By The Letter Of The Law

There are few things that annoy me in football as much as a pundit claiming “by the letter of the law”. This was reinforced in the weekend just gone. Vincent Kompany’s tackle won the ball cleanly against Nani, but he went in with two feet, travelling through the air. The referee could just have easily have waved play on as sent him off. But, according to various assorted pundits, “by the letter of the law”, if a defender goes in with two feet, they have to be sent off. Here is the only time in the Laws of the Game that the two-footed tackle is mentioned:

any player who lunges at an opponent in challenging for the ball from the front, from the side or from behind using one or both legs, with excessive force and endangering the safety of an opponent is guilty of serious foul play”

Serious foul play, of course, warrants a red card. The Laws of the Game do not discriminate between a two-footed and a one-footed  tackle – it is left to the referee’s individual judgement, which obviously differs between officials (that brings me onto another contentious point; the idea that everyone wants uniform decisions across every match at every level of the game. Then, as soon as one referee applies the Laws slightly strictly, there are calls for referees to use their common sense. As a Wolves fan, I’ve seen this better than most over the Christmas period, with Nenad Milijaš’ red card against Arsenal, before Frank Lampard was cautioned for his assault on Adam Hammill. Show those two challenges to 100 football fans and tell them that one got a red card, the other a yellow and I guarantee that 95 of them will get them the wrong way round. But, I digress)

This is not supposed to be about the decisions of referees, but more the ineptitude of football commentators, pundits, journalists and pretty much everyone else involved in the game. So many people could tell me who Guadeloupe’s second choice right back is, but have no idea of the actual application of the Laws that govern the game. For example, is raising your hand to another player an automatic red card? According to it is – in their analysis (sic) of the Gervinho v Joey Barton incident on the opening day of the season, Simon Sinclair actually writes “When Barton raised his hands to Gervinho grabbing him by the shirt, he was also guilty of violent conduct by the letter of the law and therefore should have been sent off as well”. Is grabbing someone’s shirt really violent conduct? If so, numerous defenders who grapple with their opponents when defending set pieces should be sent off each week. The issue of raising your hands to an opponent is not specifically mentioned in the Laws.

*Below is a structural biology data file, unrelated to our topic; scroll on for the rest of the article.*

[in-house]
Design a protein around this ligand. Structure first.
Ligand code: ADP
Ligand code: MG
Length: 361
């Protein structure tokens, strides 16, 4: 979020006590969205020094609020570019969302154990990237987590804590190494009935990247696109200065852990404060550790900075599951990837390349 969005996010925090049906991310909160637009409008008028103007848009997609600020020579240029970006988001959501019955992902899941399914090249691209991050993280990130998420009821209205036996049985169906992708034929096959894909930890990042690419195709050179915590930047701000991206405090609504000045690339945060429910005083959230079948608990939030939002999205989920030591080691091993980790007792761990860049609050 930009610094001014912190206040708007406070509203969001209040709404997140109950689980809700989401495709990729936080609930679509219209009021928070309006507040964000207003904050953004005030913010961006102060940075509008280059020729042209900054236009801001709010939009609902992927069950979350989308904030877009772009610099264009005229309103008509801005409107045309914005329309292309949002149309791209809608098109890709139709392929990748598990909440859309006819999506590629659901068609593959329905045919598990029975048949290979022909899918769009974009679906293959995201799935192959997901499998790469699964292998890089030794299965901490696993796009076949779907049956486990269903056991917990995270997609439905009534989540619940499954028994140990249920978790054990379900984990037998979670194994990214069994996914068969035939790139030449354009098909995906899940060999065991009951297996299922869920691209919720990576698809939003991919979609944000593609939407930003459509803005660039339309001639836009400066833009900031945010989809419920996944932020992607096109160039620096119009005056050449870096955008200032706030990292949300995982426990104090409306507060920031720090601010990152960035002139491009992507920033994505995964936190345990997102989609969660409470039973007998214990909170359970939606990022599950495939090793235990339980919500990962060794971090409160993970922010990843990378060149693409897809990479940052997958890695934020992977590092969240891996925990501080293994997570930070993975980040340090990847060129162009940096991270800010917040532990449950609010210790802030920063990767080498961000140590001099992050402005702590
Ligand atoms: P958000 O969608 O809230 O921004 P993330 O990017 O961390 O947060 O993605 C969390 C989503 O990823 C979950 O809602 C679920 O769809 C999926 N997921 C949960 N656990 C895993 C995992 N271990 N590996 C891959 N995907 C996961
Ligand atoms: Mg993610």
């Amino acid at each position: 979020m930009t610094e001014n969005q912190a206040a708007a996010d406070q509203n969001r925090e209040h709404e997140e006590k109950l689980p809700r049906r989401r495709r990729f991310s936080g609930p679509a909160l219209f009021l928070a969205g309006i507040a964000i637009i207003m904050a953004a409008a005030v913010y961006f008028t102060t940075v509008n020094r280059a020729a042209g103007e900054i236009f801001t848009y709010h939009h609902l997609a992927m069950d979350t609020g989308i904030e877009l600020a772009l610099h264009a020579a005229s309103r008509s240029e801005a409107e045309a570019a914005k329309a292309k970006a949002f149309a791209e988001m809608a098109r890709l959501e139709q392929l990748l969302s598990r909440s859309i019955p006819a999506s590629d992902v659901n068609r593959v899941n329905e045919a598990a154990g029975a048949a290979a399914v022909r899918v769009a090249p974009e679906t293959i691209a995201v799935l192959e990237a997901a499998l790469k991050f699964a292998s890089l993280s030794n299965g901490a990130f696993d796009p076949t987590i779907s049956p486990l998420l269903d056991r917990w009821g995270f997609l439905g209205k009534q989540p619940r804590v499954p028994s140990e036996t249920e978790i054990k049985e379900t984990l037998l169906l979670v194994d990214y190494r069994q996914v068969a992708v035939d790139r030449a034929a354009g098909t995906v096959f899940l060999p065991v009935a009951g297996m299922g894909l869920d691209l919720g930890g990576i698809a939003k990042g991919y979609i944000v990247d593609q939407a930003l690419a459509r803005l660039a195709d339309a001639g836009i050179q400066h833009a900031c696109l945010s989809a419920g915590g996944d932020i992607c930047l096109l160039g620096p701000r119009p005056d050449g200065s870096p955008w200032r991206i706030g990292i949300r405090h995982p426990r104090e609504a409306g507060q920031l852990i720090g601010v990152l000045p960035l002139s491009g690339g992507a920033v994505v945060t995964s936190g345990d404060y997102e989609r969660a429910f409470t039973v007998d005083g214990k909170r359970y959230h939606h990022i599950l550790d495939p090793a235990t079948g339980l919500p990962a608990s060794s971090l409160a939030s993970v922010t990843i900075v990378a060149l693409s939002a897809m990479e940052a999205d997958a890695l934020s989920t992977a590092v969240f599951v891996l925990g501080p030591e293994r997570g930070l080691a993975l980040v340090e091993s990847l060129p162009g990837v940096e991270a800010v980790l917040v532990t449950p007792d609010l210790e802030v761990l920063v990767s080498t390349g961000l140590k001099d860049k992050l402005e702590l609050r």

Another case I’d like to mention that happened this season was that of Morten Gamst Pedersen’s corner, which he ingeniously passed to himself in the Wigan Athletic v Blackburn Rovers match back in November. I had been to the Everton v Wolves game the previous day, and was travelling home listening to a discussion about the corner on Radio 5 Live. Apologies, but unfortunately I cannot remember who was talking (Blackburn’s Jason Roberts was definitely involved in the discussion and I suspect Motty was, but I don’t know for definite). Anyway, they spent half an hour talking about how far a ball has to roll to constitute the ball now being in play, their consensus being that it has to roll its circumference. I was fairly certain that it only had to move and so, while on the M6 (I was not driving I hasten to add), I found the Laws of the Game, downloaded them to my phone and found the applicable Law; on my phone, in a car, on the motorway. These pundits and commentators were in a studio, surrounded by computer equipment and instead of actually looking at what the rules say, they guessed. How many people will have heard part of this radio programme, and gone away believing the ball has to travel its circumference. I can’t decide if it’s pure laziness on the part of the broadcasters or just ignorance.

I will admit, one rule is slowly being cleared up – that of the last man. Nowadays, you only tend to hear ex-pros talking about a red card for being last man. Most commentators have come to accept that the rule is actually about determining a clear goal scoring opportunity. And this brings me onto my final point. How many footballers actually know the rules? I became a qualified referee when I was about 14, but never really took it on (I did some casual refereeing while at university, but that was it). But, when I was learning the rules for my exam, I tested a close family member on some of the Laws. I should note that this person was at the time a professional footballer, and I was astounded at the lack of help clubs give their players in actually understanding the Laws. I know now a lot of clubs bring referees in during pre-season to explain new changes in the Laws, but surely a basic knowledge of the Laws should be part of every young footballer’s education? How do clubs expect their players’ to adhere to the Laws if they do not actually understand them? If I could make one change to football, I’d make every player, manager, pundit, commentator, season ticket holder and armchair supporter – in fact everyone from Sheikh Mansour to the tea lady at Brackley Town – do a basic referee’s course and stop the rubbish you hear spewing from those involved in football, week in, week out.

Tom Bason

Football Friends bring you the latest football news and opinion from football fans around the world.
Football News